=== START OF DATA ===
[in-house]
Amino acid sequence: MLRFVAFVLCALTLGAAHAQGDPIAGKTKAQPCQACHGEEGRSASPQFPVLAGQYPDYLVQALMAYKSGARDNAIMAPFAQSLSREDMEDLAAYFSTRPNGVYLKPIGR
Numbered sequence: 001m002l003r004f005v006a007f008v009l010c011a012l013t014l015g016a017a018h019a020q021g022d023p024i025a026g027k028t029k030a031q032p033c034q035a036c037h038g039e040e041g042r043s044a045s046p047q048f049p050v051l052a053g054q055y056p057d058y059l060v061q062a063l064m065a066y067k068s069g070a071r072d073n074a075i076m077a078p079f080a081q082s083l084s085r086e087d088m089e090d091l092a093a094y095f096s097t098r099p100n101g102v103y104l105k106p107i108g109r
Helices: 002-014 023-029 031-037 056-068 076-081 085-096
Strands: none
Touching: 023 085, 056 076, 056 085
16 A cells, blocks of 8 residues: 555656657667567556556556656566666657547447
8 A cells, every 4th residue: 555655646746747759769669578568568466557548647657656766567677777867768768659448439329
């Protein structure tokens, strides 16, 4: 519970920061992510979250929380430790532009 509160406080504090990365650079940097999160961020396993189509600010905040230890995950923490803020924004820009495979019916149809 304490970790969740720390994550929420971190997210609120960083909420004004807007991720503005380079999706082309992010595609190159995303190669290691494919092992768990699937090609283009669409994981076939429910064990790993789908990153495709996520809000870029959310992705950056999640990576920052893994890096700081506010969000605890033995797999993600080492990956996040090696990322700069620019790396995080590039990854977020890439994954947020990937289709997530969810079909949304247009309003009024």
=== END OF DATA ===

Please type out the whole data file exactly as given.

[in-house]
Amino acid sequence: MLRFVAFVLCALTLGAAHAQGDPIAGKTKAQPCQACHGEEGRSASPQFPVLAGQYPDYLVQALMAYKSGARDNAIMAPFAQSLSREDMEDLAAYFSTRPNGVYLKPIGR
Numbered sequence: 001m002l003r004f005v006a007f008v009l010c011a012l013t014l015g016a017a018h019a020q021g022d023p024i025a026g027k028t029k030a031q032p033c034q035a036c037h038g039e040e041g042r043s044a045s046p047q048f049p050v051l052a053g054q055y056p057d058y059l060v061q062a063l064m065a066y067k068s069g070a071r072d073n074a075i076m077a078p079f080a081q082s083l084s085r086e087d088m089e090d091l092a093a094y095f096s097t098r099p100n101g102v103y104l105k106p107i108g109r
Helices: 002-014 023-029 031-037 056-068 076-081 085-096
Strands: none
Touching: 023 085, 056 076, 056 085
16 A cells, blocks of 8 residues: 555656657667567556556556656566666657547447
8 A cells, every 4th residue: 555655646746747759769669578568568466557548647657656766567677777867768768659448439329
């Protein structure tokens, strides 16, 4: 519970920061992510979250929380430790532009 509160406080504090990365650079940097999160961020396993189509600010905040230890995950923490803020924004820009495979019916149809 304490970790969740720390994550929420971190997210609120960083909420004004807007991720503005380079999706082309992010595609190159995303190669290691494919092992768990699937090609283009669409994981076939429910064990790993789908990153495709996520809000870029959310992705950056999640990576920052893994890096700081506010969000605890033995797999993600080492990956996040090696990322700069620019790396995080590039990854977020890439994954947020990937289709997530969810079909949304247009309003009024």